Nick
View user's profile Send private message
Korey J. Lavoie




Usergroups: None

Location: New Hampshire, USA
Posts: 63
PostPosted: Thu 24 Apr, 2008 2:09 pm    Post subject:         Reply with quote

Terry Crain wrote:
Not sure what you mean by "strange", but yes, they do have a "T" cross section, with the "T" being at the top the blade opposite the sharped edge. I have heard this referred to as the yelmen (SP?) and is a common feature on these weapons. Strenghtens the blade and looks quite cool in my opinion, but maybe I am the strange one Big Grin


Beautiful knives but I'm turned off by the thought of how that cross-section would affect cutting ability.

From the hundred year war
To the Crimea
With a Lance and a Musket and a Roman Spear
To all of the Men who have stood with no fear
In the Service of the King
-The Clash: The Card Cheat
View user's profile Send private message
Shayan G




Usergroups: None


Posts: 140
PostPosted: Thu 24 Apr, 2008 3:24 pm    Post subject:         Reply with quote

Well much of the rest of the blade is thin or moderately thick, the idea being that the spine strengthens it like an I-beam (see Mr. Trim's new sparring design? same idea) while minimizing their thickness at the edge. Thus you get a thin but very tough blade, ideal for chopping through. By the time the T spine passes through, the cut is already wide enough to make its effect negligible, barring bad cutting angle and user error.
You have to be a man, first, before you can be a gentleman!
~the immortal John Wayne
View user's profile Send private message
Korey J. Lavoie




Usergroups: None

Location: New Hampshire, USA
Posts: 63
PostPosted: Thu 24 Apr, 2008 6:48 pm    Post subject:         Reply with quote

Shayan G wrote:
Well much of the rest of the blade is thin or moderately thick, the idea being that the spine strengthens it like an I-beam (see Mr. Trim's new sparring design? same idea) while minimizing their thickness at the edge. Thus you get a thin but very tough blade, ideal for chopping through. By the time the T spine passes through, the cut is already wide enough to make its effect negligible, barring bad cutting angle and user error.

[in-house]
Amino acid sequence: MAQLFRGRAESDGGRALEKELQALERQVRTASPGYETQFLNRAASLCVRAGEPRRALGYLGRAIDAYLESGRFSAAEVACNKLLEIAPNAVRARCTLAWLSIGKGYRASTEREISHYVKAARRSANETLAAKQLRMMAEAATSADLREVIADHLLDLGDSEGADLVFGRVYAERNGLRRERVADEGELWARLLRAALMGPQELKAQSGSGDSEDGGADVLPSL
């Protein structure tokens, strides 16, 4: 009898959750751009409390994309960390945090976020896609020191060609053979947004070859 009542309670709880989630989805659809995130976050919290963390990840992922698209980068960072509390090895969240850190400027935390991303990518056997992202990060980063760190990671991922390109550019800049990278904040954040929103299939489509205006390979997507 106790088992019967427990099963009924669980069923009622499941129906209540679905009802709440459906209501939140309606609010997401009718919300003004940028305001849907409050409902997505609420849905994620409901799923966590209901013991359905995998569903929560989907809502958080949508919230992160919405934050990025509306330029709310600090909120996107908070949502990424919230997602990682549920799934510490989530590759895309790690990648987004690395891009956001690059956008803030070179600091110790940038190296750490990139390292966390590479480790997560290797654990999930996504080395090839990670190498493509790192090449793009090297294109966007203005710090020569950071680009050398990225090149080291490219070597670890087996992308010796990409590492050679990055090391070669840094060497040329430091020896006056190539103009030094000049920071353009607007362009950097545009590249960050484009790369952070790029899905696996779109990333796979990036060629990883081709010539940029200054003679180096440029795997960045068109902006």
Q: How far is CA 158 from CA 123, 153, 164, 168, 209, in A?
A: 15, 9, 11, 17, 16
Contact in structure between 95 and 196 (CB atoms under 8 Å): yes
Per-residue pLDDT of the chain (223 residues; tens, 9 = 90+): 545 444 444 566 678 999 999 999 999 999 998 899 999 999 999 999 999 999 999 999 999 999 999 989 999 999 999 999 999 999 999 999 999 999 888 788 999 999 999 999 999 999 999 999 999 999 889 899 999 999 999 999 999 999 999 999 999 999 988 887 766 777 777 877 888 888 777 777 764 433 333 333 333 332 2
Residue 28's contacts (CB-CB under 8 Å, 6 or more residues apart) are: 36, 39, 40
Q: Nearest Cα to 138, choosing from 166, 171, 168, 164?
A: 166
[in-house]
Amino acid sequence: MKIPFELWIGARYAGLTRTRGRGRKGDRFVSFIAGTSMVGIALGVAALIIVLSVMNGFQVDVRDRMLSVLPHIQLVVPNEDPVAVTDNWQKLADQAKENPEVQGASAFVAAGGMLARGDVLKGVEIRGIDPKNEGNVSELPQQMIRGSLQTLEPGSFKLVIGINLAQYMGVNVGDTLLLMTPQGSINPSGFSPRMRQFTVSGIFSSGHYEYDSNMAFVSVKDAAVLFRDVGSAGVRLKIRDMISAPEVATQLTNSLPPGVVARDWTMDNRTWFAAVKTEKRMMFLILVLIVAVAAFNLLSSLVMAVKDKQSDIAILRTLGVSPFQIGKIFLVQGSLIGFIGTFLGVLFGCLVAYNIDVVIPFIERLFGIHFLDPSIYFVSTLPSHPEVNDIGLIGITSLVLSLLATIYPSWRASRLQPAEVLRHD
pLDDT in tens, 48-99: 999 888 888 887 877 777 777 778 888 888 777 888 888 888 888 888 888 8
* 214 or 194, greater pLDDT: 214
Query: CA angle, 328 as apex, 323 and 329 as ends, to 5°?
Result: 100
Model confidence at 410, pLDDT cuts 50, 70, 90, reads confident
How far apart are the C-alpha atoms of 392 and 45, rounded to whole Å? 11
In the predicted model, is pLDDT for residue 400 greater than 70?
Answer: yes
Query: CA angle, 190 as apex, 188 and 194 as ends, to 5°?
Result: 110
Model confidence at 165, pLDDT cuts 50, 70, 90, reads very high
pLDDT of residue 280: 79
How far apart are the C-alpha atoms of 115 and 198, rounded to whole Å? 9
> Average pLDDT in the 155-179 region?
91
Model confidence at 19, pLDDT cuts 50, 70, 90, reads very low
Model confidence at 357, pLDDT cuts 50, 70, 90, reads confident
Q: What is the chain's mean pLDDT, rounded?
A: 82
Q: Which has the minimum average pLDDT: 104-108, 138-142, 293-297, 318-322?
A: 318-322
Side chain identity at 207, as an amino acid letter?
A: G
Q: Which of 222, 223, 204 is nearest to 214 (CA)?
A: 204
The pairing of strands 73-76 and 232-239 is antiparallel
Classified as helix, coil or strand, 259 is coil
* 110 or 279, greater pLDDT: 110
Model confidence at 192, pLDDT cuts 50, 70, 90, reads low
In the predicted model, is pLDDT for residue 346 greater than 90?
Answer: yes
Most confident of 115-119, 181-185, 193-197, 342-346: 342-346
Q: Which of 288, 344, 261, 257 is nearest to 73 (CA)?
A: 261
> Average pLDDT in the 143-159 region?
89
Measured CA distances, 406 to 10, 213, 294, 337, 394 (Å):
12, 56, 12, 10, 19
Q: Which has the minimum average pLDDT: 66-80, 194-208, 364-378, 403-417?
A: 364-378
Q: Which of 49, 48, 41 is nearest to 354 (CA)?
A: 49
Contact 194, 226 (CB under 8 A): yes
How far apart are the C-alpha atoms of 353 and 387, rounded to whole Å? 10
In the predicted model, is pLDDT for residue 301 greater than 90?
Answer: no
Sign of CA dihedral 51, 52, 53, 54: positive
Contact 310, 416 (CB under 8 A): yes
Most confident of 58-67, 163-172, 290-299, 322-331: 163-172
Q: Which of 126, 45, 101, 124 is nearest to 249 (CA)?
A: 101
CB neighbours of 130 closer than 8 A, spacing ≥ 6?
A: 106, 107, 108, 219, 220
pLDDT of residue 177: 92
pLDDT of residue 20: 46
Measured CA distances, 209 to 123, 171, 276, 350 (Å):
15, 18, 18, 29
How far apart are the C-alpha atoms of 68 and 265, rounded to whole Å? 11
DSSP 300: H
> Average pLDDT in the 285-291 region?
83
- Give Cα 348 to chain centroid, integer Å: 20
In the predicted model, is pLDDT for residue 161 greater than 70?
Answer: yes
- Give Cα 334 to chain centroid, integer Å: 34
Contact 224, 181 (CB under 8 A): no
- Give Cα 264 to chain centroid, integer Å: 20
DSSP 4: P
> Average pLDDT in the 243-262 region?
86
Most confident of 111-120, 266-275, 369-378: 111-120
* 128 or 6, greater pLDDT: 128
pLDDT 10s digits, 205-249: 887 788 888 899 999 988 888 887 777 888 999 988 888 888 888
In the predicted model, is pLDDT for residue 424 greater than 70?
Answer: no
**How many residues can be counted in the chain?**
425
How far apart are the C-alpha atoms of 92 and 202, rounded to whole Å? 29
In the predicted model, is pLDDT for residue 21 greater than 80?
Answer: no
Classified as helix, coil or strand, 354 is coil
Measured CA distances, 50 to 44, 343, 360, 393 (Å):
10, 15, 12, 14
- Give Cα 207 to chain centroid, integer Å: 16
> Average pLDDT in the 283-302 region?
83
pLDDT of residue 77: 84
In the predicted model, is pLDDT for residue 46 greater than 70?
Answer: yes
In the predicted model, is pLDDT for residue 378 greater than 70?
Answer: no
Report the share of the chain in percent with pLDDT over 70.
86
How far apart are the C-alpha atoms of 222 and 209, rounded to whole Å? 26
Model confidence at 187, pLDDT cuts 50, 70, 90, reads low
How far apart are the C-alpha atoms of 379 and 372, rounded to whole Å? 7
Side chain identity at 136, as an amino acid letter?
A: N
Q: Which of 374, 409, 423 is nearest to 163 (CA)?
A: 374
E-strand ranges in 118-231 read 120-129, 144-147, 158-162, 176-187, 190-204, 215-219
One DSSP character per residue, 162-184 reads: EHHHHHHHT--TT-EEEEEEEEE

I understand how that would make for a very strong blade but it seems to me that it would be a trade-off for a potentially significant reduction in cutting ability on soft-targets. Cutting tests with this type of cross-section might make me reconsider that assumption of course.

From the hundred year war
To the Crimea
With a Lance and a Musket and a Roman Spear
To all of the Men who have stood with no fear
In the Service of the King
-The Clash: The Card Cheat
View user's profile Send private message
Ken Speed




PostPosted: Thu 24 Apr, 2008 6:52 pm    Post subject:         Reply with quote

Hi Korey,

You wrote, "Beautiful knives but I'm turned off by the thought of how that cross-section would affect cutting ability."

The T rib doesn't go all the way to the tip of the knife and wouldn't cause a problem either in slashing or stabbing while it would give a thin blade a lot of strength and rigidity. I think these are very well designed weapons.Bear in mind that these knives are from the Khyber Pass area, Afghanistan, and the Afghanis have been killing people ( invaders, each other, Hindus) since the time of Hannibal if not before.